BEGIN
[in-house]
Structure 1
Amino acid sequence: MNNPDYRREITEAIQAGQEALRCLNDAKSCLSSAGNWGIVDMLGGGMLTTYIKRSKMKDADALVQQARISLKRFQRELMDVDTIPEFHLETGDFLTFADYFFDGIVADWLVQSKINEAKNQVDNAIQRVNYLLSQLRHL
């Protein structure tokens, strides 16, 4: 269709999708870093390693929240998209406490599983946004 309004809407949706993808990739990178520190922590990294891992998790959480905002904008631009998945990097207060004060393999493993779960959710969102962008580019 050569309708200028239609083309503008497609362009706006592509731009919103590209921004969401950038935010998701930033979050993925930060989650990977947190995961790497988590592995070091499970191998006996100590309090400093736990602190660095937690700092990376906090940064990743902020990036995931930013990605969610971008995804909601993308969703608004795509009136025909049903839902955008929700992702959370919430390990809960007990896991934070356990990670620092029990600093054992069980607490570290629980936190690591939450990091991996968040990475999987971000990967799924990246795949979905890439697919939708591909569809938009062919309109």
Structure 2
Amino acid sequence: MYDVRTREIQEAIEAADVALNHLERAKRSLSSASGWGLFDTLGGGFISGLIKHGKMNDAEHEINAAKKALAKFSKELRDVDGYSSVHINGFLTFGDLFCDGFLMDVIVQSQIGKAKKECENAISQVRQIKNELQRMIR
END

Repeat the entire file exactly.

[in-house]
Structure 1
Amino acid sequence: MNNPDYRREITEAIQAGQEALRCLNDAKSCLSSAGNWGIVDMLGGGMLTTYIKRSKMKDADALVQQARISLKRFQRELMDVDTIPEFHLETGDFLTFADYFFDGIVADWLVQSKINEAKNQVDNAIQRVNYLLSQLRHL
């Protein structure tokens, strides 16, 4: 269709999708870093390693929240998209406490599983946004 309004809407949706993808990739990178520190922590990294891992998790959480905002904008631009998945990097207060004060393999493993779960959710969102962008580019 050569309708200028239609083309503008497609362009706006592509731009919103590209921004969401950038935010998701930033979050993925930060989650990977947190995961790497988590592995070091499970191998006996100590309090400093736990602190660095937690700092990376906090940064990743902020990036995931930013990605969610971008995804909601993308969703608004795509009136025909049903839902955008929700992702959370919430390990809960007990896991934070356990990670620092029990600093054992069980607490570290629980936190690591939450990091991996968040990475999987971000990967799924990246795949979905890439697919939708591909569809938009062919309109």
Structure 2
Amino acid sequence: MYDVRTREIQEAIEAADVALNHLERAKRSLSSASGWGLFDTLGGGFISGLIKHGKMNDAEHEINAAKKALAKFSKELRDVDGYSSVHINGFLTFGDLFCDGFLMDVIVQSQIGKAKKECENAISQVRQIKNELQRMIR